On April 3, 2014 the company UrtheCast announced its first release of Earth imagery captured by its medium-resolution camera installed outside the body of the International Space Station (ISS). Scott Larson, founder and Chief Executive Officer, described the event as “a pivotal moment for the company and for everyone who’s been a part of the vision that we set in motion in 2010”.
At the beginning of the venture, UrtheCast and UNOSAT agreed to partner to ensure that the imagery and videos produced by the cameras to be installed aboard ISS could also be used for the greater good. Francesco Pisano, Director of Research at UNITAR recalls: “when Scott Larson came to see us it was immediately clear that his team was very determined and that the idea was worth pursuing. It was very appealing to us and in tune with the UNOSAT philosophy of breaking new grounds using technology for novel applications”.
The first image released by the company testifies of the success of the experiment. Captured on March 28, 2014, the image shows the city of Moneague, Jamaica, and is approximately 3200 x 8000 pixels, covering about 300 square kilometers.
UrtheCast says that the camera will continue to capture 6-meter class, 50-km wide swaths of still imagery, which will be made commercially available on the UrtheCast platform. While the images will be made available on an individual basis, they will also be processed and constantly streamed to the UrtheCast platform. “This will be realized on the interactive platform as a near real-time flyover view of the planet directly below the ISS as it orbits the globe 16 times every day” according to UrtheCast.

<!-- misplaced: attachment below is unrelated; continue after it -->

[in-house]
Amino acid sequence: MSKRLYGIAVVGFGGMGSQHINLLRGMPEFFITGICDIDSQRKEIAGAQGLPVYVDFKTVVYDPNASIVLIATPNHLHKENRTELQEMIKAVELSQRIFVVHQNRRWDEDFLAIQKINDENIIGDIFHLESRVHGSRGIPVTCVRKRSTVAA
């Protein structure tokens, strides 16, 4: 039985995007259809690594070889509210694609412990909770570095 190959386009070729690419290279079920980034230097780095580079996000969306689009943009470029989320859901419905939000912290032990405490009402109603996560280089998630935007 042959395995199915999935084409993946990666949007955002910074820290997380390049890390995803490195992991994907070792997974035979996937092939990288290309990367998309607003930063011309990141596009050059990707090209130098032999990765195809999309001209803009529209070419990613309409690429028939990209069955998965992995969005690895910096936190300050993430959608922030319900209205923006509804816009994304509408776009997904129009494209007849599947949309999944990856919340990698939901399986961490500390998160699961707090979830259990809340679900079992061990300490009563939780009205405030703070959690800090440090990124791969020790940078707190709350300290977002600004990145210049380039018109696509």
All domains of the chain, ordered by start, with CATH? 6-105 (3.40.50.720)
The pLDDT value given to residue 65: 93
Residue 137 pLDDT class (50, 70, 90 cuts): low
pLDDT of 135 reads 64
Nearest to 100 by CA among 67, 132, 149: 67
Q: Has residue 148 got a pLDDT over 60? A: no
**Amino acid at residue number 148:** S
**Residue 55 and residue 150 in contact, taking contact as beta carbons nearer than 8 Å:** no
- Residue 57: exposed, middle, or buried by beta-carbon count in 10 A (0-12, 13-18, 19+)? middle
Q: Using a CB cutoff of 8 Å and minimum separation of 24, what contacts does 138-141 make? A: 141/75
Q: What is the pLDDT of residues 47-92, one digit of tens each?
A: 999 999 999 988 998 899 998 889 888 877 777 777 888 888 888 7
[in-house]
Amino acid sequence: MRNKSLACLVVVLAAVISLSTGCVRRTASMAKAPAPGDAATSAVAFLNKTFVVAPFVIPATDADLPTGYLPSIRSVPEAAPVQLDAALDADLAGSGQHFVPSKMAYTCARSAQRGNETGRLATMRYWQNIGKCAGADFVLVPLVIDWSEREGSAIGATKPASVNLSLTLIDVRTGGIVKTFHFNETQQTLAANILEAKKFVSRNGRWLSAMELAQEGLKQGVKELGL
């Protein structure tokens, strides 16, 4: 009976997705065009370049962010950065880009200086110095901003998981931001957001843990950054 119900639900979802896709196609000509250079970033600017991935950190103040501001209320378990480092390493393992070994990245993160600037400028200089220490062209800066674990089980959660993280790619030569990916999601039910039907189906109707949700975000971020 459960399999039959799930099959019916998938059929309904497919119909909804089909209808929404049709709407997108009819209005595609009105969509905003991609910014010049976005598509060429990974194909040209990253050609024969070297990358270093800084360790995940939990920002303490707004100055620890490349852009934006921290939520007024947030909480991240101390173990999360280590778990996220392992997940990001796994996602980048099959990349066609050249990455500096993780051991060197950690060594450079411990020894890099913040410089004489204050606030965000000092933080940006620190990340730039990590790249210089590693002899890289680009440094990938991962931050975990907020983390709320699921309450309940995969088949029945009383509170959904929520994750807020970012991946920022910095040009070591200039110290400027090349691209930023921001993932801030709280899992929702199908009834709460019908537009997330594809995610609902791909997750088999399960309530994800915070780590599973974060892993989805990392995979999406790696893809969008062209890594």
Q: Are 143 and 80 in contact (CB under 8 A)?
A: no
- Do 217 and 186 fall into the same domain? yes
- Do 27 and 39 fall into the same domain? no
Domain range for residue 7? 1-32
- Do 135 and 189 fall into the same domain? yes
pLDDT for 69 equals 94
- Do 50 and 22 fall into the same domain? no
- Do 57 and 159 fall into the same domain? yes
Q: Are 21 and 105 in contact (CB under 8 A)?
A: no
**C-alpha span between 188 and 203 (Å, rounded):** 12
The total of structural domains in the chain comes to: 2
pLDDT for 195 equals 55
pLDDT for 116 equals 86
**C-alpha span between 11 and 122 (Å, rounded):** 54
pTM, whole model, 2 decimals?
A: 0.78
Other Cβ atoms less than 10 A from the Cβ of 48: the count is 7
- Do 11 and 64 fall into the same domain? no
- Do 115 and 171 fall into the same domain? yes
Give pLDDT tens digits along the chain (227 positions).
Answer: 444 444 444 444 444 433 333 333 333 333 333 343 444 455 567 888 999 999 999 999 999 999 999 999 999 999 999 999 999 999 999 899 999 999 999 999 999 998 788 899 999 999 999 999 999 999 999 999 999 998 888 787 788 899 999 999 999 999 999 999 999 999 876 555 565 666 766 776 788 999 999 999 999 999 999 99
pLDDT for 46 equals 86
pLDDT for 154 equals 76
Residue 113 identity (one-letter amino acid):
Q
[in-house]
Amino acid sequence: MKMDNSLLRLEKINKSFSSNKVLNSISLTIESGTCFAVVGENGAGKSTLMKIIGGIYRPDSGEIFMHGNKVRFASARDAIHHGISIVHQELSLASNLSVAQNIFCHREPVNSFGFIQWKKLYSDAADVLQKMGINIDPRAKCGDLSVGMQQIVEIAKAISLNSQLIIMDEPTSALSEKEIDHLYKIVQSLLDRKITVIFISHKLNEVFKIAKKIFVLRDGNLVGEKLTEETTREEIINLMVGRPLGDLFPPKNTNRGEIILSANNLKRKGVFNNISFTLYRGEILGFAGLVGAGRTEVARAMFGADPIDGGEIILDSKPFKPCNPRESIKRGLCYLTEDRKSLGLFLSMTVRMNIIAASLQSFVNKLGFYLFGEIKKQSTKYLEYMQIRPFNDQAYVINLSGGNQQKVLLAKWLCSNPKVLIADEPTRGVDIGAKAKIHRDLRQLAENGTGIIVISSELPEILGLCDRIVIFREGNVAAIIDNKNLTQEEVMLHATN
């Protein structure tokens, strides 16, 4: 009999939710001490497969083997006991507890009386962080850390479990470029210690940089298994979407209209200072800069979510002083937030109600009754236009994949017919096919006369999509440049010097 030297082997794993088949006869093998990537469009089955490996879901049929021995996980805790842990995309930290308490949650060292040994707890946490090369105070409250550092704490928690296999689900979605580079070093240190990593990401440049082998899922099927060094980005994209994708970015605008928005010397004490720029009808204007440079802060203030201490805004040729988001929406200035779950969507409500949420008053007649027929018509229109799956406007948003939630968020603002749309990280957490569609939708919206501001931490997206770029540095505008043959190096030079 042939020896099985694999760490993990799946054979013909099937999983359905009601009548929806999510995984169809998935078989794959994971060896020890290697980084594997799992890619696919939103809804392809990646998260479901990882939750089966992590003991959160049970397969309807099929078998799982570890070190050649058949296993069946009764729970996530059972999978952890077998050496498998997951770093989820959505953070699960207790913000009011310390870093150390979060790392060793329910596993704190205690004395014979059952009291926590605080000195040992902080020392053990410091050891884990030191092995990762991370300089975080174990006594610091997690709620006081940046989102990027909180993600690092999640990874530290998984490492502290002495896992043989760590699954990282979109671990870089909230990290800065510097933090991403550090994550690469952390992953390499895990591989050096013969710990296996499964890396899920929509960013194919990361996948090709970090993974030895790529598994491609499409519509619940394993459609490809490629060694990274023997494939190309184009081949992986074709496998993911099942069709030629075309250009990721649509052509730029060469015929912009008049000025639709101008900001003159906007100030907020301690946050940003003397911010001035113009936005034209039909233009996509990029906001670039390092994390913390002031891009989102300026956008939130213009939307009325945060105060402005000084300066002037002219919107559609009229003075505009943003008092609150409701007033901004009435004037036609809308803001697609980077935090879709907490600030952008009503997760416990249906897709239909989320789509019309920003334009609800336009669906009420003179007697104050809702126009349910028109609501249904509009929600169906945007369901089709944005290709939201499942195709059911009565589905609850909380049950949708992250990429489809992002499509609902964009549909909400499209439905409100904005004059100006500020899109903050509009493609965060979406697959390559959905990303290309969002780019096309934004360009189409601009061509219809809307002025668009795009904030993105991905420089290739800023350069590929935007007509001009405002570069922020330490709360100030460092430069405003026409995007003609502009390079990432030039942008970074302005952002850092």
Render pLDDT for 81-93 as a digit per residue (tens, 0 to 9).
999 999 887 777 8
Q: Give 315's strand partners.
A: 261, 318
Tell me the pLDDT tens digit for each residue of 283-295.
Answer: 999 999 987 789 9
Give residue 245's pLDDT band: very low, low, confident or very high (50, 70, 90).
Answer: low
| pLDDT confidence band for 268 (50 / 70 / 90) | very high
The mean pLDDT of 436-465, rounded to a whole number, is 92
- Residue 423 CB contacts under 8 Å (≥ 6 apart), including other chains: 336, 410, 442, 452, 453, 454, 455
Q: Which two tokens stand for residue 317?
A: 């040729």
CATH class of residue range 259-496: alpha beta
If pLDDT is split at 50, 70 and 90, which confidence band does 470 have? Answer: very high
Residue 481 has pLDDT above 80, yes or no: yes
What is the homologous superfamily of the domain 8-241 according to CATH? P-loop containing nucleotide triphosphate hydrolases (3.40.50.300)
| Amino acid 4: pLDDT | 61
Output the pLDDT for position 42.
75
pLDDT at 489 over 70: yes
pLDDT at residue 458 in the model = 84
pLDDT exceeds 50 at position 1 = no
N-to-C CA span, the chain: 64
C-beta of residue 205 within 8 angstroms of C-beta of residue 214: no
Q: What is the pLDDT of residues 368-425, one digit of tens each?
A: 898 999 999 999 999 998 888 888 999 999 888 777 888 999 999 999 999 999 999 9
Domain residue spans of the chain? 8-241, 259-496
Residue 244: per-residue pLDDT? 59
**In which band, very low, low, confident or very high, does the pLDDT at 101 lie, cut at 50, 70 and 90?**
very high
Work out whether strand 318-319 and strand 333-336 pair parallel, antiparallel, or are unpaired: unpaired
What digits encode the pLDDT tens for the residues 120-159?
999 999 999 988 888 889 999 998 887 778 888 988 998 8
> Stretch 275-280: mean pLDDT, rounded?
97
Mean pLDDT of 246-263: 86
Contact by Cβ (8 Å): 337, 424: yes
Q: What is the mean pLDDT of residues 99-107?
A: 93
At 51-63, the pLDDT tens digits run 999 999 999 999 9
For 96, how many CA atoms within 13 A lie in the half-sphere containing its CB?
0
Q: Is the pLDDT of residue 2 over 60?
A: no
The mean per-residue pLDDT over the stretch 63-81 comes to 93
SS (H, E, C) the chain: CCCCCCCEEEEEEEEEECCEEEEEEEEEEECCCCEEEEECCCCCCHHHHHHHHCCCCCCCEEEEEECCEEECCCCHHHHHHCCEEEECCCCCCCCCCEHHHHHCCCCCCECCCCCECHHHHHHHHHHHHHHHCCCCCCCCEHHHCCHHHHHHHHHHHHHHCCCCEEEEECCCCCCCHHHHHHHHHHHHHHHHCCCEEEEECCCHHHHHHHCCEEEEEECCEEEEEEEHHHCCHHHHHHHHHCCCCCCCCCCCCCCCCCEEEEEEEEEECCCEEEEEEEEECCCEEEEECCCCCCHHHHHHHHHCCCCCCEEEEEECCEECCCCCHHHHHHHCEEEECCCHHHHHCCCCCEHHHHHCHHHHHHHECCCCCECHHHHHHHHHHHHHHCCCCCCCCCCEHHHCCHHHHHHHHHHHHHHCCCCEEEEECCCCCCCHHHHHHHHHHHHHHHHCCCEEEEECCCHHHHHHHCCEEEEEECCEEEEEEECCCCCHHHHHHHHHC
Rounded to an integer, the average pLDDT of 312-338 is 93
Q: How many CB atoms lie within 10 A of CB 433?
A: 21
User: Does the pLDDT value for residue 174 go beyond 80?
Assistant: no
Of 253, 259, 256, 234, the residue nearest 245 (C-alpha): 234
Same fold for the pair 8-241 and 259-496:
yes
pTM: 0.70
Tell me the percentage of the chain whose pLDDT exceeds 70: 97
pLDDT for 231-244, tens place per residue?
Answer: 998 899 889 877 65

But there is much more to come. UrtheCast is preparing to unveil its full color, Ultra HD Earth video from space, made possible by a video camera installed on the body of the International Space Station.
UNOSAT is planning to use video footage from space to boost its analytical capabilities. Einar Bjorgo who manages UNOSAT says: “this is all new and exciting, it didn’t exist before. If an image is worth one thousand words, what will a live video be worth?” According to UNOSAT, live video can be useful as a sneak preview of situations unfolding in remote areas before deciding to task additional satellite imagery sources. This has potential particularly for mapping floods, landslides and similar disasters.
Photos: above, the first image taken from the fixed camera. Below, the moving HD video camera being tested aborad ISS (credit UrtheCast).